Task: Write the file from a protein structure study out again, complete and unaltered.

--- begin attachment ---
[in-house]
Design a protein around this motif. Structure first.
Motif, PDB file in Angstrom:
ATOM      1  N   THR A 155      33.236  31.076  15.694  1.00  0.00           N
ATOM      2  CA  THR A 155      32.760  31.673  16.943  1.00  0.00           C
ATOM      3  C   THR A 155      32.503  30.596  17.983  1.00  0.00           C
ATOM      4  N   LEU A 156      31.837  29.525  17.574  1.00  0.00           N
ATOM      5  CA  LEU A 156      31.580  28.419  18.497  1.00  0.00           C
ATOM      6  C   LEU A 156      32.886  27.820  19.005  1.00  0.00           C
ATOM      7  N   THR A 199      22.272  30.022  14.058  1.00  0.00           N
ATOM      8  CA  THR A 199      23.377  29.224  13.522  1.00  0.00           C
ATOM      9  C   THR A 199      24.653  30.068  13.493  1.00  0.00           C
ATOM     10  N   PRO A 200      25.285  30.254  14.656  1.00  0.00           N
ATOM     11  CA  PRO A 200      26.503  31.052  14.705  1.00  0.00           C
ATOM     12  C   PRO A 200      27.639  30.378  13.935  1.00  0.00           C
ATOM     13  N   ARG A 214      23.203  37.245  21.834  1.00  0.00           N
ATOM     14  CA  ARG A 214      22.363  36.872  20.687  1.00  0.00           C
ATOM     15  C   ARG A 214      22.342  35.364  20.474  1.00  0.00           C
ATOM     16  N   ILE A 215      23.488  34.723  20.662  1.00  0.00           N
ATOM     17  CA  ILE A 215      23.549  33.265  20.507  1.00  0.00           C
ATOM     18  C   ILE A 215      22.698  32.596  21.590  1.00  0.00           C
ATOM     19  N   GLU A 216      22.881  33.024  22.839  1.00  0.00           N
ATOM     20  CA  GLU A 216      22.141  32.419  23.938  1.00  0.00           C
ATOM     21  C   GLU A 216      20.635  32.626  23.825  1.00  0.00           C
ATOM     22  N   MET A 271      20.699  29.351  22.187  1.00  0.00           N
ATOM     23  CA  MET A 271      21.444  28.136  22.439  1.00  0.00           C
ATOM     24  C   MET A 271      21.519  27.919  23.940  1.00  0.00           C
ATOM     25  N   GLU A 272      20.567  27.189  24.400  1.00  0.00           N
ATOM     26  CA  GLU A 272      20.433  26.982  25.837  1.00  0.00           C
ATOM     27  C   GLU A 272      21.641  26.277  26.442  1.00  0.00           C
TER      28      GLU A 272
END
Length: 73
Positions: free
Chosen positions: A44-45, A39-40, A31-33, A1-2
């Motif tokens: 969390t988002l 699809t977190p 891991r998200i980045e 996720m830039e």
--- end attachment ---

[in-house]
Design a protein around this motif. Structure first.
Motif, PDB file in Angstrom:
ATOM      1  N   THR A 155      33.236  31.076  15.694  1.00  0.00           N
ATOM      2  CA  THR A 155      32.760  31.673  16.943  1.00  0.00           C
ATOM      3  C   THR A 155      32.503  30.596  17.983  1.00  0.00           C
ATOM      4  N   LEU A 156      31.837  29.525  17.574  1.00  0.00           N
ATOM      5  CA  LEU A 156      31.580  28.419  18.497  1.00  0.00           C
ATOM      6  C   LEU A 156      32.886  27.820  19.005  1.00  0.00           C
ATOM      7  N   THR A 199      22.272  30.022  14.058  1.00  0.00           N
ATOM      8  CA  THR A 199      23.377  29.224  13.522  1.00  0.00           C
ATOM      9  C   THR A 199      24.653  30.068  13.493  1.00  0.00           C
ATOM     10  N   PRO A 200      25.285  30.254  14.656  1.00  0.00           N
ATOM     11  CA  PRO A 200      26.503  31.052  14.705  1.00  0.00           C
ATOM     12  C   PRO A 200      27.639  30.378  13.935  1.00  0.00           C
ATOM     13  N   ARG A 214      23.203  37.245  21.834  1.00  0.00           N
ATOM     14  CA  ARG A 214      22.363  36.872  20.687  1.00  0.00           C
ATOM     15  C   ARG A 214      22.342  35.364  20.474  1.00  0.00           C
ATOM     16  N   ILE A 215      23.488  34.723  20.662  1.00  0.00           N
ATOM     17  CA  ILE A 215      23.549  33.265  20.507  1.00  0.00           C
ATOM     18  C   ILE A 215      22.698  32.596  21.590  1.00  0.00           C
ATOM     19  N   GLU A 216      22.881  33.024  22.839  1.00  0.00           N
ATOM     20  CA  GLU A 216      22.141  32.419  23.938  1.00  0.00           C
ATOM     21  C   GLU A 216      20.635  32.626  23.825  1.00  0.00           C
ATOM     22  N   MET A 271      20.699  29.351  22.187  1.00  0.00           N
ATOM     23  CA  MET A 271      21.444  28.136  22.439  1.00  0.00           C
ATOM     24  C   MET A 271      21.519  27.919  23.940  1.00  0.00           C
ATOM     25  N   GLU A 272      20.567  27.189  24.400  1.00  0.00           N
ATOM     26  CA  GLU A 272      20.433  26.982  25.837  1.00  0.00           C
ATOM     27  C   GLU A 272      21.641  26.277  26.442  1.00  0.00           C
TER      28      GLU A 272
END
Length: 73
Positions: free
Chosen positions: A44-45, A39-40, A31-33, A1-2
């Motif tokens: 969390t988002l 699809t977190p 891991r998200i980045e 996720m830039e």